The document explained that around thirty CEPT administrations had already allowed national amateur use of the band but some remaining CEPT countries required a clear regulatory decision before they were able to open all, or parts of this band to secondary two-way amateur usage. The proposal was therefore to amend the ECA Table to include a secondary allocation to the amateur service for the band 69.9 – 70.5 MHz and additionally update existing footnote EU9 to state that CEPT administrations may allocate all or parts of the band to the amateur service.
Whilst three countries opposed this proposal it was supported by more than ten administrations. In addition since fourteen CEPT administrations had already notified such a usage in the European Communications Office’s Frequency Information System (EFIS), WGFM therefore agreed to include this allocation change in the next revision of the ECA Table.
It should be noted that this excellent outcome does not necessarily mean that frequencies between 69.9 and 70.5 MHz will be immediately available in all CEPT countries as the ECA is not binding on CEPT national regulatory authorities. However it does provide a clear basis for IARU member societies to seek a 4 metre allocation from their national licensing authority.
The ECA is formally approved, revised and published by the ECC once per year. It is expected that the revision incorporating the change described in this notice will occur in summer 2015.
* CEPT is the regional regulatory telecommunications organisation for Europe. Its 48 members are: Albania, Andorra, Austria, Azerbaijan, Belarus, Belgium, Bosnia & Herzegovina, Bulgaria, Croatia, Cyprus, Czech Republic, Denmark, Estonia, Finland, France, Georgia, Germany, Greece, Hungary, Iceland, Ireland, Italy, Latvia, Liechtenstein, Lithuania, Luxembourg, Former Yugoslav Republic of Macedonia(FYROM), Malta, Moldova, Monaco, Montenegro, Netherlands, Norway, Poland, Portugal, Romania, Russian Federation, San Marino, Serbia, Slovak Republic, Slovenia, Spain, Sweden, Switzerland, Turkey, Ukraine, United Kingdom and Vatican City."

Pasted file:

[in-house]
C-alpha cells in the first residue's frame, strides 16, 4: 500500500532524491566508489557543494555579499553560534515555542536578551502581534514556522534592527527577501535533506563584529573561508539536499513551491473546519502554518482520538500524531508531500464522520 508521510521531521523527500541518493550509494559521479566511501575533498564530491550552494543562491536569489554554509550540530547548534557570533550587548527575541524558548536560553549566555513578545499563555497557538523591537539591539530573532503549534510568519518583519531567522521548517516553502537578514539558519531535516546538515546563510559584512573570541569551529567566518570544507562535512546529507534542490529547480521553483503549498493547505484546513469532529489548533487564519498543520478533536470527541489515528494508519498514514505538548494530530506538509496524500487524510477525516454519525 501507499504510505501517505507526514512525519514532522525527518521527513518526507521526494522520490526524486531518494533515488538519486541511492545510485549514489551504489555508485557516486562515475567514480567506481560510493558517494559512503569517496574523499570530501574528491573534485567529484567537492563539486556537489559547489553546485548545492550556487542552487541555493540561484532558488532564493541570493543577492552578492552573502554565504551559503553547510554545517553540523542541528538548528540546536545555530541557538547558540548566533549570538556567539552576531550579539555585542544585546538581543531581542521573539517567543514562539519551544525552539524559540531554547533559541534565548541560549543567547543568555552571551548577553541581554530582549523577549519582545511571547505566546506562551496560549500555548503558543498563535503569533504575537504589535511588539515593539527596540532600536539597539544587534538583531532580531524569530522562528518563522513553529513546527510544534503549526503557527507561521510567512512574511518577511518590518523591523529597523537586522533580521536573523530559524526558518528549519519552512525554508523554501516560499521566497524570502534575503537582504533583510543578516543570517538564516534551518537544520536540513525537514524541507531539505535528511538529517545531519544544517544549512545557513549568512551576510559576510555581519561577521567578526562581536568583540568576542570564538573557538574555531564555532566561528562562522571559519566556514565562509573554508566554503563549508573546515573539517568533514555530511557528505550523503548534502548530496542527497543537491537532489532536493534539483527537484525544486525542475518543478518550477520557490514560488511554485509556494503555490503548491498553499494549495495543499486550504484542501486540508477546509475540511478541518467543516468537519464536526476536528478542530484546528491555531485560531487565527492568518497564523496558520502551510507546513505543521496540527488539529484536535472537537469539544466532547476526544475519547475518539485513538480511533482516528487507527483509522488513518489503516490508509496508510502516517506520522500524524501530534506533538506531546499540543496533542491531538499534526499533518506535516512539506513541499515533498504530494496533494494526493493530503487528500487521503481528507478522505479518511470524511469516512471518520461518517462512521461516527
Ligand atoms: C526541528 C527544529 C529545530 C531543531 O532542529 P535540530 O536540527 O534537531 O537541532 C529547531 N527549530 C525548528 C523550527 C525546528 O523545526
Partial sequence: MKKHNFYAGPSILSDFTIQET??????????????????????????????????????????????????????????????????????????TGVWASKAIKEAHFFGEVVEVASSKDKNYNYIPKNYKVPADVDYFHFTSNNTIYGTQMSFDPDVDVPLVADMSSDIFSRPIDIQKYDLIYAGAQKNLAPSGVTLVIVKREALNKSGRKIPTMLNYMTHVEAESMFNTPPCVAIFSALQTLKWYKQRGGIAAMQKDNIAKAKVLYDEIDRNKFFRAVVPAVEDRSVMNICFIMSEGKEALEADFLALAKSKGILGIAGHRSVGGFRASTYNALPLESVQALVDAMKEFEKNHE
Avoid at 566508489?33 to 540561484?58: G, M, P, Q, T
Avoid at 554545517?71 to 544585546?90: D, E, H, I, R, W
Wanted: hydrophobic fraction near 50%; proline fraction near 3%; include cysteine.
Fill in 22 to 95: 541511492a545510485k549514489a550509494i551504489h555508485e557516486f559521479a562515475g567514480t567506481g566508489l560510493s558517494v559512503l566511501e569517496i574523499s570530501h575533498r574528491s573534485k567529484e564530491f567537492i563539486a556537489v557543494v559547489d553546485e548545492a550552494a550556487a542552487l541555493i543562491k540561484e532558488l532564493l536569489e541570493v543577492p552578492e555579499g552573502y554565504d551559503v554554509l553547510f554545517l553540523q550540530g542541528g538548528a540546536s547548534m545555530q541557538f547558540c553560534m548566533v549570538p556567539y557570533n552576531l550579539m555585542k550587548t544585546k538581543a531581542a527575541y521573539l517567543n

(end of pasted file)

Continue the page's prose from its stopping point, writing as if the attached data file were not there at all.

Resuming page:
Noble Radio NR-4SC 4 m transceiver
Published on 12 September 2014 by Bo OZ2M
Noble Radio has just launched its NR-4SC 4 m SSB and CW 10 W transceiver. The radio covers 69,9 MHz to 70,4 MHz, has bult-in CW keyer, wide and narrow filters, 10,7 MHz IF, sensitivity of -130 dBm MDS, IF recjection greater than 100 dB, blocking dynamic range of 107 dB and an IP3 at +14 dBm. The price is 499 EUR including 21% Dutch VAT.

Bulgaria on 4 m!
Published on 12 August 2014 by George LZ1ZP
Today was published the new "Technical requirements for Radio amateur services" in Bulgarian State paper. Since that moment - 12.08.2014, 70 MHz is resolved for Bulgarian radio amateurs. Band plan is 70.000 to 70.500 MHz and the output power is 50 W.

New 4 m repeater ON0ABT on air
Published on 14 July 2014 by Jean-Jacques ON7EQ
Last weekend a new 4 m repeater has been activated with call sign ON0ABT on 70.3875 MHz, locator JO11PC, output 25 W on 5/8 antenna elevated 55 mASL.
The main purpose of setting up this repeater was to stimulate the activity on the 4m band, by providing a limited 'relay' function for the sparse stations active on this band, and on the other hand provide them a possibility to perform tests an optimization of their station.
Due to the limited bandwidth of the band and the IARU bandplan to which the UBA wants to adhere to, a full duplex was out of question to be achieved - therefore a simplex  'echophone' was provided as alternative.
FM signals modulated with a CTCSS tone of 79.7 Hz during at least 3 seconds will be recorded op to 60 seconds, and played back - if the frequency is clear. After being repeated, the message will be followed by an accurate S-meter report in CW, this can be handly to adjust antenna, check propagation etc. Every 20 minutes, when the frequency is clear, a beacon will be sent in CW.
As 70.3875 MHz is the  'standby' frequency in the Western part of Flanders, probably that signals from across the borders (Southern UK & The Netherlands) can reach the locals ham's through the repeater.
Any reception report is mostly welcome!

German Class A access to 4 m
Published on 2 July 2014 by Bo OZ2M
Today the German BNetzA has announced that German radio amateurs holding a Class A license are allowed to use 70,000 MHz to 70,030 MHz until the end of August 2014. The other operating conditions are similar to those on 50 MHz, i.e. 25 W EIRP, max 12 kHz bandwidth and horizontal antennas.
Last year DARC files a petition for 70,0 MHz to 70,2 MHz but this was not granted by BNetzA. However, DARC will continue to work for a more permanent solution.

Please note: To minimize the interference to/from beacons it might be worthwhile considering if split operation will make sense for sked like QSOs.